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Kissinger – The Negotiator

A number of articles and books have examined Henry Kissinger (one-time USA National Security Advisor and Secretary of State) and commented on his negotiation performance.

In a review essay in the **Negotiation Journal some useful observations are made on a book (see below) which examined some of Kissinger’s major negotiation efforts.

In précis, the important takeaways listed are as follows.

1. Negotiation is almost never between two parties. Even when it seems there are only two parties there are always other parties surrounding the negotiation to be analysed and ‘used’. So, ‘multi-party dexterity’ is a must.

2. Almost no negotiations are ‘one-shot deals’. Negotiation almost always involves some form of repeat or iterative interaction. It is foolhardy not to think about what comes ‘after’ the agreement (if there is one). Who will be satisfied? Who will want revenge?

3. ALL negotiations require planning and strategic thinking before they begin. Every negotiation has a ‘before’, as well as a ‘during,’ and an ‘after’. (ENS International has a special negotiation strategy preparation template available for ENSI alumni.)

4. Planning is both substantive and personal. Focus on your counterparts—know in depth who you are dealing with.

5. Taking a higher order view is also important for almost every negotiation. How is this negotiation situated in any longer-term plan for what needs to be accomplished. What is the sought-after ‘long-game’ or goal? Good negotiators think strategically beyond the moment and beyond any particular move or tactic.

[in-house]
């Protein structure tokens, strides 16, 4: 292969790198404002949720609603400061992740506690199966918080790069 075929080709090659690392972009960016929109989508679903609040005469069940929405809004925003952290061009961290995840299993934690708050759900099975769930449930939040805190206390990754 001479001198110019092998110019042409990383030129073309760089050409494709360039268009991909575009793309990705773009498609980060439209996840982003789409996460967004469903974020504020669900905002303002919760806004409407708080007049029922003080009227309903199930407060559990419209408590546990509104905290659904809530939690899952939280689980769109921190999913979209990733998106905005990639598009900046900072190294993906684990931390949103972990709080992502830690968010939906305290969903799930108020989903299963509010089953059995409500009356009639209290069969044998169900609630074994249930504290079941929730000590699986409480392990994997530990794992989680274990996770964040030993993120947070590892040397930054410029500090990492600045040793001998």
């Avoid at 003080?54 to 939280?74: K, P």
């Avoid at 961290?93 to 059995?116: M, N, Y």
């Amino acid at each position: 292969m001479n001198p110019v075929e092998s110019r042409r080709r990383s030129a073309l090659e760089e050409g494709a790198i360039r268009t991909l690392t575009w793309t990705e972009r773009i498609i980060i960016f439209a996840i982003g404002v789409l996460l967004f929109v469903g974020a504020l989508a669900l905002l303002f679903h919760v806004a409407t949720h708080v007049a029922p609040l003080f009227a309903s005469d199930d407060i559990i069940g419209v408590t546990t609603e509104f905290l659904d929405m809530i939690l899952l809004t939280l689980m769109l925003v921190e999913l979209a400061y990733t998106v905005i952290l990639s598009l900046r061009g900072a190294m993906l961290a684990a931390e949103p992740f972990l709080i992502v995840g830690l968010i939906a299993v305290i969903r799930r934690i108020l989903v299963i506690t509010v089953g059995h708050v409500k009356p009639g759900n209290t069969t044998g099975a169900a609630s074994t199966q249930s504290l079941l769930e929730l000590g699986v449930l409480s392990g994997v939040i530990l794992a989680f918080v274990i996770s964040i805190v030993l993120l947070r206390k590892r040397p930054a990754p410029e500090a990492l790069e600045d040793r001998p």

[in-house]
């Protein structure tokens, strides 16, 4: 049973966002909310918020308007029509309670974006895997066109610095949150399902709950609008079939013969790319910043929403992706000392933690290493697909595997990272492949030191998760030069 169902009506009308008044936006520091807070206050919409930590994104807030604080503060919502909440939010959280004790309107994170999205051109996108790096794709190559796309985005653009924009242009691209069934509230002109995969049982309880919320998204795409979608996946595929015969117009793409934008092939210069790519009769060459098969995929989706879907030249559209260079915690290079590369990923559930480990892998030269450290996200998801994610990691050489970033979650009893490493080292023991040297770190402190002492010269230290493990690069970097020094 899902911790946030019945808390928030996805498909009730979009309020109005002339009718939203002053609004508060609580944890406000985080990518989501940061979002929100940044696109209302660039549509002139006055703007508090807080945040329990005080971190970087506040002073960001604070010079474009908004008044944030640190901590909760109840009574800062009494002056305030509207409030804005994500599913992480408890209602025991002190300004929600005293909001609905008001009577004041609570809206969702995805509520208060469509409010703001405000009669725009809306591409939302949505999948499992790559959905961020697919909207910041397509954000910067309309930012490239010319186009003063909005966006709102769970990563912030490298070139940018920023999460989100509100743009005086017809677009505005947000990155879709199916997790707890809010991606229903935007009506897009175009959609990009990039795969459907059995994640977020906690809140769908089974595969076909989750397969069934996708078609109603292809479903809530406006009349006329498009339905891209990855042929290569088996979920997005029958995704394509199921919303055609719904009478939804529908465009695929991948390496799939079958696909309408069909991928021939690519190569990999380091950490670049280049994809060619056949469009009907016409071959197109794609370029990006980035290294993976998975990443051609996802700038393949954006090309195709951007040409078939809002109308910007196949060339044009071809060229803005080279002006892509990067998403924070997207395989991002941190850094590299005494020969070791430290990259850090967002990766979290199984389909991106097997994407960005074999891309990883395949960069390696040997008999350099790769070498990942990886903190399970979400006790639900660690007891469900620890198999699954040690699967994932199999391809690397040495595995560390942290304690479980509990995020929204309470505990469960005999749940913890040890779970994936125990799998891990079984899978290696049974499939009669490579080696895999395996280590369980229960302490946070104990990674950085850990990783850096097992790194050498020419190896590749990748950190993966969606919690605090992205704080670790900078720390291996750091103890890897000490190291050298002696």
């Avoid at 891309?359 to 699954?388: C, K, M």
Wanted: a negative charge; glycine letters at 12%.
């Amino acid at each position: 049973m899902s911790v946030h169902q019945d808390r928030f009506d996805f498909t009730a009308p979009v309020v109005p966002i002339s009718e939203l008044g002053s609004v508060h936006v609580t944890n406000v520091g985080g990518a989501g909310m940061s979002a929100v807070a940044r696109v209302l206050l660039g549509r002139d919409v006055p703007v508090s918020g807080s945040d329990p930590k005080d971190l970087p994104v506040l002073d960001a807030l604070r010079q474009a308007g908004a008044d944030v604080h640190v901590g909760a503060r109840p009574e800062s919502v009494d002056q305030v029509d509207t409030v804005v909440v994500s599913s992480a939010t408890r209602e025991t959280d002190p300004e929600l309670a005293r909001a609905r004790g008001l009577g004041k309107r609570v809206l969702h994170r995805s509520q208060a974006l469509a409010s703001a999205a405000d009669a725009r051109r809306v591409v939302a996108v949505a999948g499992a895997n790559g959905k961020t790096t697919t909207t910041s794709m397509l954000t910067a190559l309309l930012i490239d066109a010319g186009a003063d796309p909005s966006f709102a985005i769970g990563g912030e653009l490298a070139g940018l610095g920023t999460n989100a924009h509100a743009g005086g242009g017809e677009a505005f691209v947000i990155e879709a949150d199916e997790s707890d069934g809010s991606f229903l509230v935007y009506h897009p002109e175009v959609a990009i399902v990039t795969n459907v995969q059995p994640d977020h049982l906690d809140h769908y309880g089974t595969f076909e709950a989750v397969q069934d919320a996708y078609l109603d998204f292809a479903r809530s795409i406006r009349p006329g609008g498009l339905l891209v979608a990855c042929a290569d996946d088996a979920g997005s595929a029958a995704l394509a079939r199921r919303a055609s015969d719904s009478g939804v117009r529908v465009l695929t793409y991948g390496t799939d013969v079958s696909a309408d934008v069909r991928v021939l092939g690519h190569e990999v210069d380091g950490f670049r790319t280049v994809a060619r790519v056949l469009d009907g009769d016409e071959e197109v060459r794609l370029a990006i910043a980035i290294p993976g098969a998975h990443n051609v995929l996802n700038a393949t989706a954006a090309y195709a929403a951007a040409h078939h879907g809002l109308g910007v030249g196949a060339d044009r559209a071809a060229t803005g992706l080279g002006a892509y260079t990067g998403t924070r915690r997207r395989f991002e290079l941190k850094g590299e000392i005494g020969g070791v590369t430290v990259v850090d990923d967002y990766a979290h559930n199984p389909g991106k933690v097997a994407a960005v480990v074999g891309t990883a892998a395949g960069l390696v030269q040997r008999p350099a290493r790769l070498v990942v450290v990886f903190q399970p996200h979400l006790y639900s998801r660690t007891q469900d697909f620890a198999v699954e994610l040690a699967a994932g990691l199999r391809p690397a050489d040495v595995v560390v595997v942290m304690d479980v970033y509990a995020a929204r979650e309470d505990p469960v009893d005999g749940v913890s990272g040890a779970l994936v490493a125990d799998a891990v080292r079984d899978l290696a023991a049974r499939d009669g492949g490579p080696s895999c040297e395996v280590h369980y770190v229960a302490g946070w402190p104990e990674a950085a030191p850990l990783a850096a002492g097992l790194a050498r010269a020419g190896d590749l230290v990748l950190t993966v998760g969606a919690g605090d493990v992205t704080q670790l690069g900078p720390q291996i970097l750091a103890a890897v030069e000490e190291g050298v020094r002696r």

6. What are all the ‘deal/no deal’ options? Whatever we call this analysis, BATNA, WATNA, ATNA or MLATNA (‘most likely alternative to a negotiated agreement’), or more simply our ENSI BAE (‘best alternative elsewhere’ or Plan B) it always is important to do this analysis.

7. All negotiations are dynamic. While thinking strategically, be prepared to act ‘opportunistically’ as events, facts and situations change – sometimes gradually, sometimes abruptly.

8. Be hardworking, patient, persistent and either be very smart or surround yourself with very smart advisors.

9. Think a lot about what the other side wants and says. You never learn much by talking – listening, both empathetically and substantively is one of the most important aspects of negotiation.

Readers interested in obtaining a full copy of this article please contact ENS International at cs.ens@negotiate.org.

** Review essay edited as ‘Deconstructing Henry: Negotiation Lessons from Kissinger’s Career’ in 35(3) Negotiation Journal 337-361 (2019) by Carrie Menkel-Meadow examining Sebenius, Burns Mnookin’s book Kissinger The Negotiator: Lessons from Dealmaking at the Highest Level. New York: HarperCollins, 2018.

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